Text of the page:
And what about a woman who persistently tests positive for the highest-risk HPV types but then has negative results on colposcopy? She would undergo years of extra surveillance with extra procedures and extra costs—and extra worry.

Though in most cases it would be covered by insurance, HPV testing is also about twice as expensive as a Pap test.

An Anti-Cancer Vaccine

The best way to prevent cervical cancer is to get the HPV vaccine, which is recommended for girls and women ages 11 to 26. It also reduces the risk of other HPV-related cancers including anal and oral cancers.

Ready for prime time?

Whatever the debate, doctors are not likely to start using the HPV test as a primary screening tool soon anyway—at least not in this country. FDA approval was just the first step. The U.S. Preventive Services Task Force, a panel of independent experts that develops screening guidelines for the government, has yet to weigh in. And other health organizations are still mulling it over before they consider changing their screening recommendations. In contrast, the Netherlands, Sweden, Denmark, and parts of Italy have announced plans to use or are considering using the HPV test in place of Pap screening. The test is likely to be especially useful for primary screening in the developing world.

In the meantime, still in effect in the U.S. are the guidelines updated in 2012 by the Task Force, which parallel those from the American Cancer Society (ACS), the American Society for Clinical Pathology (ASCP), and the American Society for Colposcopy and Cervical Pathology (ASCCP):

  • Women ages 21 to 29 should have a Pap test every three years. Women under 21 should not be screened.
  • Women under 30 should not be screened for HPV.
  • Women ages 30 to 65 should have a Pap test every three years or be “co-tested” with an HPV and Pap test every five years. The latter is “preferred” by ACS, ASCP, and ASCCP.
  • Women over 65 should stop routine screening if they’ve had normal results in recent years and are not at increased risk, as should women who have had a hysterectomy with removal of the cervix for reasons other than cancer.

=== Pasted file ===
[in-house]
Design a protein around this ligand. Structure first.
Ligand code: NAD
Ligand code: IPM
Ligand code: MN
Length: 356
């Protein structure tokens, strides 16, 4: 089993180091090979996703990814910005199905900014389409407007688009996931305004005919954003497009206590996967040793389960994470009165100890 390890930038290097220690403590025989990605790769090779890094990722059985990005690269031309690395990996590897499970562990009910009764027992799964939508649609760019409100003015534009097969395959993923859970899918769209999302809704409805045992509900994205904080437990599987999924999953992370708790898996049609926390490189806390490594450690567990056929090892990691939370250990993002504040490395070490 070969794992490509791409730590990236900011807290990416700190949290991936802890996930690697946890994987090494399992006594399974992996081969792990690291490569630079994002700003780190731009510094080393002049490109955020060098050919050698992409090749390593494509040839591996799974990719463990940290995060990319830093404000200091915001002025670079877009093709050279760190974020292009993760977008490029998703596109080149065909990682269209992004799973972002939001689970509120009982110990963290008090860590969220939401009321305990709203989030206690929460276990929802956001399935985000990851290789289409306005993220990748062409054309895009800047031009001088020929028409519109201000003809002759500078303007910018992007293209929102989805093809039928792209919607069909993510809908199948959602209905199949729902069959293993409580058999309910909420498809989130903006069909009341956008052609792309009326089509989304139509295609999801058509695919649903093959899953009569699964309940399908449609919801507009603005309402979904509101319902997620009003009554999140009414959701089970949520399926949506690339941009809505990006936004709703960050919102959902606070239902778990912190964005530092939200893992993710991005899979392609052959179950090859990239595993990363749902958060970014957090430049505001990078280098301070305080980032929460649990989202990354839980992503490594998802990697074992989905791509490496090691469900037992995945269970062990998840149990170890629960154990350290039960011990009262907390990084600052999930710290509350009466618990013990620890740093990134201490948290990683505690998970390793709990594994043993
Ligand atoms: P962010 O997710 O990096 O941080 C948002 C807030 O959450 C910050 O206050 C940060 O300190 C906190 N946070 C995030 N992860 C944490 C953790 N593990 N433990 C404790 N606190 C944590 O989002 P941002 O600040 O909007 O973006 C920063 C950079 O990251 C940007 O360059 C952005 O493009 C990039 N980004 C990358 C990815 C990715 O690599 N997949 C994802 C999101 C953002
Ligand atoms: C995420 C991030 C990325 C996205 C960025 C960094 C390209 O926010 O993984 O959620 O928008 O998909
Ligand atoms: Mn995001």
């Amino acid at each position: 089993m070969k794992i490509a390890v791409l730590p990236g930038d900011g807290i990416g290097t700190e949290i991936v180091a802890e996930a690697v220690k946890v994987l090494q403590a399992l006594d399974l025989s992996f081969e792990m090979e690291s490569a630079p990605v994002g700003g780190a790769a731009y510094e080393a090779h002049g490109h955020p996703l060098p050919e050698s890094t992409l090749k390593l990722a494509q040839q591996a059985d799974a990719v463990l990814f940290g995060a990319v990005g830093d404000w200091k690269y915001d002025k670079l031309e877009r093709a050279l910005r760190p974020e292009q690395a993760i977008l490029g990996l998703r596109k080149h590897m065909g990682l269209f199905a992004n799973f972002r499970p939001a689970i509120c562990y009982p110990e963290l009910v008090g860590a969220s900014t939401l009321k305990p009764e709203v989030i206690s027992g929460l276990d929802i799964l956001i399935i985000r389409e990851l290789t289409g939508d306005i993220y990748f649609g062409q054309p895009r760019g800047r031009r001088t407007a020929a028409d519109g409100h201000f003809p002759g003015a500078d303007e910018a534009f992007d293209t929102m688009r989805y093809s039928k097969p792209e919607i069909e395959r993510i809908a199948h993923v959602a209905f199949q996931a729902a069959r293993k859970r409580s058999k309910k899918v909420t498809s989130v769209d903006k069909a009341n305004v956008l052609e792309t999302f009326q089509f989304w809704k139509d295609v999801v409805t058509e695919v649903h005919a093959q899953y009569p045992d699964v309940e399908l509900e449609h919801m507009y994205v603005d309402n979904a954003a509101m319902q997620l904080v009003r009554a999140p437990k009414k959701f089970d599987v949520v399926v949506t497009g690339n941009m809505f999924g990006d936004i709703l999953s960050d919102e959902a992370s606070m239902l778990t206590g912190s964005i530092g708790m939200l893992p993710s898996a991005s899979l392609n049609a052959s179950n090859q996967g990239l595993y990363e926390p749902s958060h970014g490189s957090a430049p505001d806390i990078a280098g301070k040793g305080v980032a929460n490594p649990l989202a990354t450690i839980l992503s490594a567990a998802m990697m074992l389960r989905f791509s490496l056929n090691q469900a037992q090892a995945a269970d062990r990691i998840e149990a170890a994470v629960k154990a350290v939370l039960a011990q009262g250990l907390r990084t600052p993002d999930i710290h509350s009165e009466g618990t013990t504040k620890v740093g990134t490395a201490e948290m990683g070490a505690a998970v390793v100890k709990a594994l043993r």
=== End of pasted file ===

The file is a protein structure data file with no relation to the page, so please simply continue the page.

Keep in mind: Annual screening is not recommended for any women as it had been in the past, because it’s now recognized that this offers little if any extra benefit and increases potential harms. Still, more frequent screening (more often than every three or five years) is recommended for women who have abnormal results, or may be advised for those who smoke, have multiple sex partners, are immunocompromised, or are otherwise at higher risk for cervical cancer.

Bottom line: Unlike most cancers, there are excellent screening tests for cervical cancer. What’s most important is to be screened, period, whichever protocol you follow. The current guidelines are reasonable for most women, but talk to your health care provider about which screening option is best for you. It will depend on your age, previous test results, medical history, and personal preferences.

If an HPV test is recommended, it won’t feel different from having a Pap test (the two tests are typically done at the same time). In fact, if you’re a woman 30 or older, there’s a good chance you’ve already had HPV testing, even if you didn’t know it. The CDC provides a good resource on how to make sense of Pap and HPV test results.